Despite similar levels of poverty, it is undeniable that Nicaragua’s far lower levels of violence and forced migration differentiate it greatly from its neighbors. It is also undeniable that its military and security policies have developed differently due to repeated breaks from the Pentagon’s orbit, including withdrawal from the SOA in 2012. Even the U.S. has conceded that the Sandinista “community policing” model has been successful, and is now promoting a version of it in Honduras, El Salvador and Guatemala as part of the solution to the child migrant crisis. But the importation of the model is doomed to fail unless a fundamental change in the culture of the security forces accompanies it. AFGJ’s Chuck Kauffman noted last month, “Drug cartels have been unable to gain a foothold because the army and police are those same muchachos and muchachas who defeated a US-backed dictator and aspired to be New Men and New Women. Nicaraguans are astounded at the corruption and brutality of the security forces of their neighbors.”
Since 2008, the U.S. has spent over $800 million in security aid to Honduras, Guatemala and El Salvador through the “Central American Regional Security Initiative” (CARSI) as well as millions more in bilateral military and police aid to each country. But when that money goes to the likes of Honduras’s cartel-infiltrated politicians and brutal state security forces is it surprising that the rule of law further deteriorates? Central Americans are suffering through increasing and extreme levels of violence, while there has been zero impact on rates of drug use in the U.S. Central American adults are risking their lives and those of their children to escape the historical and current system of violence that the U.S. refuses to recognize its role in creating. Who is more irresponsible, the parents or the Pentagon? Who is more rational, the parents or the U.S. Congress?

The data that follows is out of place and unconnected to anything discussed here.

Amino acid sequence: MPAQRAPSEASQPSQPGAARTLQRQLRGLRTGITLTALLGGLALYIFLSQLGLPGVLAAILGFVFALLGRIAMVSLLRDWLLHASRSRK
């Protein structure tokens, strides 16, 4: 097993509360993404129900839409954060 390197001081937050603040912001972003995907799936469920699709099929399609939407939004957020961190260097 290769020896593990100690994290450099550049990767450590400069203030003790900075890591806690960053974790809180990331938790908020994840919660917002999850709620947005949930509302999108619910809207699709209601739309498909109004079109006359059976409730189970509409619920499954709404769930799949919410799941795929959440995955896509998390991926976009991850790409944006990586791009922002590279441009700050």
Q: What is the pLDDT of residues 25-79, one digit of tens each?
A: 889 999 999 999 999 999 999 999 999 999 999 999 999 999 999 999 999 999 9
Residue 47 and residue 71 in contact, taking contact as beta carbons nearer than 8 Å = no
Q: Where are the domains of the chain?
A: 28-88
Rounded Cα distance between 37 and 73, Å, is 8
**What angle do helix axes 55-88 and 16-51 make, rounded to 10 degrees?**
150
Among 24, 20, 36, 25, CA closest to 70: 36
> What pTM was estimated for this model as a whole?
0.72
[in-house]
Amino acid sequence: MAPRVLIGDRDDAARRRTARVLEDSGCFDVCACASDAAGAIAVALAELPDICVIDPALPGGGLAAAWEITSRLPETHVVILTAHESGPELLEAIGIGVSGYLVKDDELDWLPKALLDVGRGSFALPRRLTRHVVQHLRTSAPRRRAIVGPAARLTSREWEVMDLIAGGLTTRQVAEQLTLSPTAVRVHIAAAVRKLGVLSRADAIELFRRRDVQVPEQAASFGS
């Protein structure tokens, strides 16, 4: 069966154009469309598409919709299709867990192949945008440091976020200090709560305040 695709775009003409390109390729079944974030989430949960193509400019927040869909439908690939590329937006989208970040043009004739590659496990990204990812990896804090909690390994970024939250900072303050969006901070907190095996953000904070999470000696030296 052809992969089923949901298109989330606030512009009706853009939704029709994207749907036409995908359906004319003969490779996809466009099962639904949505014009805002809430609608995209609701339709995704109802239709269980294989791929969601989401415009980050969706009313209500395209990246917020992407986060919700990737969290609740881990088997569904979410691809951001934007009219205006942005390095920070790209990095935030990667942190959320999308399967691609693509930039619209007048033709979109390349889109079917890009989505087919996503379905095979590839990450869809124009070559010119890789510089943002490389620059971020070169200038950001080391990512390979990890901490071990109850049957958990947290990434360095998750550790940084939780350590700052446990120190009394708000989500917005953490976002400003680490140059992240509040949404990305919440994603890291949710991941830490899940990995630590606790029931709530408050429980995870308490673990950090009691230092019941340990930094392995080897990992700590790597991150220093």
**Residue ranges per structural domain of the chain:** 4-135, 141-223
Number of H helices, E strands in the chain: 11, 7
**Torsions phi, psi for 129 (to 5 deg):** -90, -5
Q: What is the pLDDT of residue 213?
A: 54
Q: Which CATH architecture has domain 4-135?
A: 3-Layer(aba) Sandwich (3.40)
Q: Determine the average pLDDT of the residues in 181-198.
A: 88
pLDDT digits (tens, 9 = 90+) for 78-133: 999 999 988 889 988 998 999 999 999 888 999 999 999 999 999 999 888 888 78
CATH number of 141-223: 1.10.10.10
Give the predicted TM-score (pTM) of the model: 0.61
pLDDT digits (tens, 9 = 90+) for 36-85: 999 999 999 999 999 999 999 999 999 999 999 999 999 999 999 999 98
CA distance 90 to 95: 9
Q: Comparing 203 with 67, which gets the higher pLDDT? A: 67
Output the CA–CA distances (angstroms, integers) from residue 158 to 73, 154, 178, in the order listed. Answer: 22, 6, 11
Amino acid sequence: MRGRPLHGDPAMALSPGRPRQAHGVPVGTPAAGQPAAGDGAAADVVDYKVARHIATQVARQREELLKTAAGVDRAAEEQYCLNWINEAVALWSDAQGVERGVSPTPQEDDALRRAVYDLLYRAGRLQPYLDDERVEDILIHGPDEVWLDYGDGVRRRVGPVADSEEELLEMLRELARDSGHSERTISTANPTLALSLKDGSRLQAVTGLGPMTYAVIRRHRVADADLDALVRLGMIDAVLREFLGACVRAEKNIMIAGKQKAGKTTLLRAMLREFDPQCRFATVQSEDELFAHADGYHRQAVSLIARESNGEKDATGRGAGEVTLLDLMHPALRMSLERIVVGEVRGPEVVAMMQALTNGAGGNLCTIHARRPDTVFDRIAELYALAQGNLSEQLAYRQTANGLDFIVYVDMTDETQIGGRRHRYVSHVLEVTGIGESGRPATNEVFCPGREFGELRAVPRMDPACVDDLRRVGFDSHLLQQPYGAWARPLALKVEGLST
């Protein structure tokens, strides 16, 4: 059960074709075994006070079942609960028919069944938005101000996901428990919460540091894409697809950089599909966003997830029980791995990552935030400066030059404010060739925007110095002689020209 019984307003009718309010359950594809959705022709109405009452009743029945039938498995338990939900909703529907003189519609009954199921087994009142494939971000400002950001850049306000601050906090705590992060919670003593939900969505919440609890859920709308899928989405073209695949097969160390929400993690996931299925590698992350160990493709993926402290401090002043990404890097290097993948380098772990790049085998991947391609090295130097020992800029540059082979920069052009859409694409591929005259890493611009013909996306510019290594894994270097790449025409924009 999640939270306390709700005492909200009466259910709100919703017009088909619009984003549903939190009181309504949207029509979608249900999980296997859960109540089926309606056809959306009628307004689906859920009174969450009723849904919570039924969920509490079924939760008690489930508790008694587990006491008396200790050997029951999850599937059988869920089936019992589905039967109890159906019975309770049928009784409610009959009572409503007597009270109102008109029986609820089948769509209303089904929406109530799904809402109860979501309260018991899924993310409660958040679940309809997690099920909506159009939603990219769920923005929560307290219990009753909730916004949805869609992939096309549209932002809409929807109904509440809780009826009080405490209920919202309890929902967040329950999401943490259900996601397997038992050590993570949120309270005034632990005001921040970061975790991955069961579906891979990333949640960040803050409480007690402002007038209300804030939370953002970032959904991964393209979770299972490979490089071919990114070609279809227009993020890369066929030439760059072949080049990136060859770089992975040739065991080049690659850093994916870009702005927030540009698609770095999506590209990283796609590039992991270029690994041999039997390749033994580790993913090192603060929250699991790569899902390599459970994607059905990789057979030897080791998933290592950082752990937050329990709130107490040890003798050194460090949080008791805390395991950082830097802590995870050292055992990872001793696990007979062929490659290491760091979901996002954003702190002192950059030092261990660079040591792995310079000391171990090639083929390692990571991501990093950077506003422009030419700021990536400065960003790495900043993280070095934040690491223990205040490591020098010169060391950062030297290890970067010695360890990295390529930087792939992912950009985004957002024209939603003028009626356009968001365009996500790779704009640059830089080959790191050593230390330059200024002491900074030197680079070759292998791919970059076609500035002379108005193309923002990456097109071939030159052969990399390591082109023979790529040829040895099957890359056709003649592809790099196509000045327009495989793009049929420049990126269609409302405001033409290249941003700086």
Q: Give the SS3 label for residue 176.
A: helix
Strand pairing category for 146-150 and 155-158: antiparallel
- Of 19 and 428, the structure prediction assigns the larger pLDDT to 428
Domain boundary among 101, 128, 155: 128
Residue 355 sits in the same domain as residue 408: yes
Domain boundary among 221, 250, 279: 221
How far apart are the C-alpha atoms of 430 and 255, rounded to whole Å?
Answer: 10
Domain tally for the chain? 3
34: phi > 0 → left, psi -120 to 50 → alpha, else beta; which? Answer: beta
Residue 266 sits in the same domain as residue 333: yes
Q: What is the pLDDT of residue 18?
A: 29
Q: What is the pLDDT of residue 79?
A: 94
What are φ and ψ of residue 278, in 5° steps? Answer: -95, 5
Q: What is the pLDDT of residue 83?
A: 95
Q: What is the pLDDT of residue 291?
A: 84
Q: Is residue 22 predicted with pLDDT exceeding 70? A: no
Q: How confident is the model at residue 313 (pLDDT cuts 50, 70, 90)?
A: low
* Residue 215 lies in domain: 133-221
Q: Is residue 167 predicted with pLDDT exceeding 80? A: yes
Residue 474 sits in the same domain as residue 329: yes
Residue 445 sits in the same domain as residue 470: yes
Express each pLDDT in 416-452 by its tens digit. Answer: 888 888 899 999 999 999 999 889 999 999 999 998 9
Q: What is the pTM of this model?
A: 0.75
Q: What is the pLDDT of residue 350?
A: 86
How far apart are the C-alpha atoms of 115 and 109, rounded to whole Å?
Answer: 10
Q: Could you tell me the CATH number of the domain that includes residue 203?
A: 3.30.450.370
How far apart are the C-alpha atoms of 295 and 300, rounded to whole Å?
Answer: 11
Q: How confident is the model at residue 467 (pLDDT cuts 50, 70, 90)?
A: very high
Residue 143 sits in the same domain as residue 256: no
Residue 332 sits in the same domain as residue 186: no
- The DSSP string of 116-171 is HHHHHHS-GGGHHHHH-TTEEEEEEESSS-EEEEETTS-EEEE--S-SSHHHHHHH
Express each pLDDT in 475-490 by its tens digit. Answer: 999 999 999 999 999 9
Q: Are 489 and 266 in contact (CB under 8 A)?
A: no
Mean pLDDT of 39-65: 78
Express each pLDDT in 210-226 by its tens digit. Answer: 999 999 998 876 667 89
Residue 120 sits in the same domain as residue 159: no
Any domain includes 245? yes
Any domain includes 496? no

If the goal of the Drug War is actually to disrupt the drug cartels while safeguarding the lives of ordinary people, then resources should be refocused on drug money laundering by the Central American elites who are propped up by U.S. military aid, as well as Western financial institutions. The narco-oligarchs and the executives at HSBC, Wells Fargo, Bank of America, and other banks responsible for documented drug money laundering should currently be in detention, not child refugees and their families.
In 2013, after nearly 200 years, Secretary of State John Kerry declared the era of the Monroe Doctrine over. Despite the statement, it appears that business as usual continues for the Pentagon and its corrupt allies in Honduras and Guatemala. As record numbers of Central American refugees and immigrants are detained at the border, the media and policymakers need to take a hard look and admit that these children are the progeny of past and current armed conflicts funded by U.S. taxpayers. If the U.S. is actually going to treat the root causes of Central American migration, the conspiratorial right-wing blame on DACA must be dismissed, and the Pentagon’s standard alarmist and racist proclivity towards further militarization must be ignored. Honest, bold, and research-based reevaluations of the Drug War and overall foreign policy towards the region must first be conducted and implemented for conditions in Central America to improve any time soon.
Arturo J. Viscarra is a child of the Monroe Doctrine who migrated to the U.S. from El Salvador during the civil war. He is an immigration attorney and the Advocacy Coordinator for School of the Americas Watch (SOA Watch): www.soaw.org.
Michael Prentice is a student at Vassar College interning for SOA Watch. Join Michael, Arturo, and thousands of others for the 25th SOA Vigil this November, whether or not the police “allow” it to happen: http://soaw.org/november/en/.